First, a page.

Thursday, October 3, 2013

The Weight and Workings of a Neutron Star:

At first glance, it seems that the Earth is a rather large object. Over 7 billion people are able to make their homes on the surface of this rocky planet, and the Earth is also home to more than 8.7 million species (give or take a few million). Given this impressive scale one could assert that the Earth is is, but only according to human standards. On the other hand, Jupiter, the largest of the planets in our solar system, is large according to planetary standards. Ultimately, it could swallow all of the other planets in our solar systems. If we are just looking at Earth, it could consume out planet 1,300 times over and still have room to spare. But this is nothing when compared with our Sun--it could house over 1 million Earths.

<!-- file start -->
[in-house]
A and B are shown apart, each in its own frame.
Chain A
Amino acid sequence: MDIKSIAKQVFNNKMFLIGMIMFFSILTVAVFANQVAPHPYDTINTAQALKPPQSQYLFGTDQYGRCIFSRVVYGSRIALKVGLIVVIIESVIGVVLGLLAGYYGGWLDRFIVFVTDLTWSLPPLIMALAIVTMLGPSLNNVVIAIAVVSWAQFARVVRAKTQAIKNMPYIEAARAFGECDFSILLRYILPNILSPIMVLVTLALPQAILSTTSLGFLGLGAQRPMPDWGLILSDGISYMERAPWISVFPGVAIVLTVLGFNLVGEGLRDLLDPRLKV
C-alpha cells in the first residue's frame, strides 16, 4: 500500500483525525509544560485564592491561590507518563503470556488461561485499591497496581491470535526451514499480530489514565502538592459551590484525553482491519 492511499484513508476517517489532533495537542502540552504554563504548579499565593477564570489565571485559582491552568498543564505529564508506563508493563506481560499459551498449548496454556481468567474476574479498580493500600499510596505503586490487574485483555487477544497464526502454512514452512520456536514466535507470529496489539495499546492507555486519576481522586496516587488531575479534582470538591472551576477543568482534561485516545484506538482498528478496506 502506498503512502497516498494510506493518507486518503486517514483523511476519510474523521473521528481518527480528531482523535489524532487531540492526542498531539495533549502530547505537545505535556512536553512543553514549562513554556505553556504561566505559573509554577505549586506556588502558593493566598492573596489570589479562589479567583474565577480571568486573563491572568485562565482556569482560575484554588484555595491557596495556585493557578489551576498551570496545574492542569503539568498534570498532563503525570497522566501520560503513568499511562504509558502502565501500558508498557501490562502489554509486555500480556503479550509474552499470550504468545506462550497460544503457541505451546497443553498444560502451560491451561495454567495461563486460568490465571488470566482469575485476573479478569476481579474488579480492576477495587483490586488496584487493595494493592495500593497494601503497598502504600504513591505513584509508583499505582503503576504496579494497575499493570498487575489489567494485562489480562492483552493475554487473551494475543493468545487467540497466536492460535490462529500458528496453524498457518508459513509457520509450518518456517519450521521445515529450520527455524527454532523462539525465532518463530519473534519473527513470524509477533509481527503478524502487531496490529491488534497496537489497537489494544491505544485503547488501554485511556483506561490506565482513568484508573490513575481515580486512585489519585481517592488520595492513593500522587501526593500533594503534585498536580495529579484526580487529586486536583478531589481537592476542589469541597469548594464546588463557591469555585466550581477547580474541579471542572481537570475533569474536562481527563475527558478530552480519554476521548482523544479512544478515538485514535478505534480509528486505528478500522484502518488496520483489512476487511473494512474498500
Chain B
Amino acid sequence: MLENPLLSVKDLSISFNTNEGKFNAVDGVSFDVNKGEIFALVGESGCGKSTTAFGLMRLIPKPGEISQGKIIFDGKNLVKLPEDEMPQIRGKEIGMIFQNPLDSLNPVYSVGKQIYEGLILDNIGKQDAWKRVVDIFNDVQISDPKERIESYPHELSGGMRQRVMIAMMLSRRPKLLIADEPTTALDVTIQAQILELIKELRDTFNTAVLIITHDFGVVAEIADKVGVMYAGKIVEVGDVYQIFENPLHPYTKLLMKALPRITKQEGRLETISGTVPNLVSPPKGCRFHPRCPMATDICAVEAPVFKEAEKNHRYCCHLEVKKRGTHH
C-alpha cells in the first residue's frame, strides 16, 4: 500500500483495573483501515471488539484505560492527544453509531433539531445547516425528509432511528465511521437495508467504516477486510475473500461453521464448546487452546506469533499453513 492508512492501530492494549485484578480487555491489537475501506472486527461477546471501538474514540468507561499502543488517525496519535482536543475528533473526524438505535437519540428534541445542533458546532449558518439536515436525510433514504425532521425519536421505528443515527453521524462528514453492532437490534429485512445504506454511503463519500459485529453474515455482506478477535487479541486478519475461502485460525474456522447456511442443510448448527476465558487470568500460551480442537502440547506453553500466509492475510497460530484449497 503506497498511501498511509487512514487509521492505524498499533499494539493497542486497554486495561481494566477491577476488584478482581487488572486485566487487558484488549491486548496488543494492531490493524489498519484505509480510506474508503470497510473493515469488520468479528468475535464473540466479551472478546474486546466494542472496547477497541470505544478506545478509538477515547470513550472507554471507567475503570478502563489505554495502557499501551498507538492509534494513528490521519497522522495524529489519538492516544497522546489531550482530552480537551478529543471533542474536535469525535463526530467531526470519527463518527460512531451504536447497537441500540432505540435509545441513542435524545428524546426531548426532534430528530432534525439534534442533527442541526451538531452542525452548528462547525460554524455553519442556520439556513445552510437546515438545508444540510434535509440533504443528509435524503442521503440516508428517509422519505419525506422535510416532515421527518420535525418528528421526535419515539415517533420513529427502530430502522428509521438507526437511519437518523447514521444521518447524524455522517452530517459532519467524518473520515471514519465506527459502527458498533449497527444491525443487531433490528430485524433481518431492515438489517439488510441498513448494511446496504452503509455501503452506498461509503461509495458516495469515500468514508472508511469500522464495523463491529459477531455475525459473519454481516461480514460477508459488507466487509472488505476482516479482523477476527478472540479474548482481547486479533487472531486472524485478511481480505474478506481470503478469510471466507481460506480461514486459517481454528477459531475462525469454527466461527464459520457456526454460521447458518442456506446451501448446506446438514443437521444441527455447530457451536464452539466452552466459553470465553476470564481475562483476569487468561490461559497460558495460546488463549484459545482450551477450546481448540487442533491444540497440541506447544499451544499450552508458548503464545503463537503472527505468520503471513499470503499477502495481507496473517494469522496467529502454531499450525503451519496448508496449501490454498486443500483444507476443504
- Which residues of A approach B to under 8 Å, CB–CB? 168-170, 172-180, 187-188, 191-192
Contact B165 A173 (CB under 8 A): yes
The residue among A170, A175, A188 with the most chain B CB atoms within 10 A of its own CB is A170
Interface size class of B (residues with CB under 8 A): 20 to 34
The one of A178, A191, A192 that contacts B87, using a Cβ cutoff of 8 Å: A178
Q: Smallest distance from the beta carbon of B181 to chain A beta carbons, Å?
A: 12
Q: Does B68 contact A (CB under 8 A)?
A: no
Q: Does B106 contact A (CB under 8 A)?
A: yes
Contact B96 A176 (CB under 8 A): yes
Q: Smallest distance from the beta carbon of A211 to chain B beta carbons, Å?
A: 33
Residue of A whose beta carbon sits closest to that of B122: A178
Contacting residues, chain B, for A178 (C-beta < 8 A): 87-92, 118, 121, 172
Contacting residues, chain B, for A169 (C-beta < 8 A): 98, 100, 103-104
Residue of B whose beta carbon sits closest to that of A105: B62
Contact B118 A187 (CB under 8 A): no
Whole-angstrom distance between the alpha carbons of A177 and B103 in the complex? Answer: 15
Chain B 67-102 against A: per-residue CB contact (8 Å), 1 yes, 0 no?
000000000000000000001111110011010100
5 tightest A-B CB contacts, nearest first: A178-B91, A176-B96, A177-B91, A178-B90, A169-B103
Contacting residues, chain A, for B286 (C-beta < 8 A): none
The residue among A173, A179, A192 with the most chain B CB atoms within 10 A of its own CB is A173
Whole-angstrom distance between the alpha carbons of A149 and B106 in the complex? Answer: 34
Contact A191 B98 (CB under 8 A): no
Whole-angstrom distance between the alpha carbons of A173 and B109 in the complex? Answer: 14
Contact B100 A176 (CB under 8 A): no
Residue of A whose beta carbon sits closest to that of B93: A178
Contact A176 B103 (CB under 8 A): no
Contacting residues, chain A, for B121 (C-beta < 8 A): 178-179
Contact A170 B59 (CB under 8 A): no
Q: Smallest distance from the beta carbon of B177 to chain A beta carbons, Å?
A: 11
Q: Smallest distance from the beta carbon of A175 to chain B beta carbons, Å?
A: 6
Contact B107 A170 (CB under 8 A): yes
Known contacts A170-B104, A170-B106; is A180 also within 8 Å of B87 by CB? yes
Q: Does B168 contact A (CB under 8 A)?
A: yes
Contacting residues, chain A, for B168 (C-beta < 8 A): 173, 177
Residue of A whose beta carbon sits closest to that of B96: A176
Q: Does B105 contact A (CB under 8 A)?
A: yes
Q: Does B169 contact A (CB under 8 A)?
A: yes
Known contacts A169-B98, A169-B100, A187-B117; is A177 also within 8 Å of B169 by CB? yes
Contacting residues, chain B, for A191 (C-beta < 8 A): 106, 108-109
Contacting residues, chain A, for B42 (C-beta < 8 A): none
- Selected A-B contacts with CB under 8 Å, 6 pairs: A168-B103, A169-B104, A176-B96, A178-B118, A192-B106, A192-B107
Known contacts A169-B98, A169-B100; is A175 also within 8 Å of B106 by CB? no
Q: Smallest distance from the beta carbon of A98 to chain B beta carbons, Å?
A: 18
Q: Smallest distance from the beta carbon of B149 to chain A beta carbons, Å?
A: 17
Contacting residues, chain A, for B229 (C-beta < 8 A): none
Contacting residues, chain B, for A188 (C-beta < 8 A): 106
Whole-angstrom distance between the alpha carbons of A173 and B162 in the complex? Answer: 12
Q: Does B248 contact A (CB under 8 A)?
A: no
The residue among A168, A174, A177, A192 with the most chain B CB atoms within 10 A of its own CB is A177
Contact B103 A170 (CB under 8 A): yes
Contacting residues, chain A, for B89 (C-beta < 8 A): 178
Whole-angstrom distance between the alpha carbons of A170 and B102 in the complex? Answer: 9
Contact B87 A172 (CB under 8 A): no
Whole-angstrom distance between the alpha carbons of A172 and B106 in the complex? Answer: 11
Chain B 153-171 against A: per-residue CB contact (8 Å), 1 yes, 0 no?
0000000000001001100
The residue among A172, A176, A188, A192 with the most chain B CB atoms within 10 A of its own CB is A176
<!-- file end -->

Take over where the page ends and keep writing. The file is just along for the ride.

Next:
So it seems that there is always something larger than you, something more massive and dense. Today, I'd like to talk about truly massive objects, Neutron stars. These stars are actually know for their density--their extreme weight. These stars are the dense, core remnants of large stars that can no longer support nuclear fusion. You see, stars can take on numerous forms when they exhaust their fuel and explode, and what they become is all based on their mass. Smaller stars, stars that are below the Chandrasekhar limit of 1.4 solar masses, form into white dwarfs. Conversely, when stars reaching megalithic proportions (approximately 4 to 8 solar masses) can no longer support nuclear fusion, they explode violently, leaving behind super dense neutron stars. So just how dense are they?

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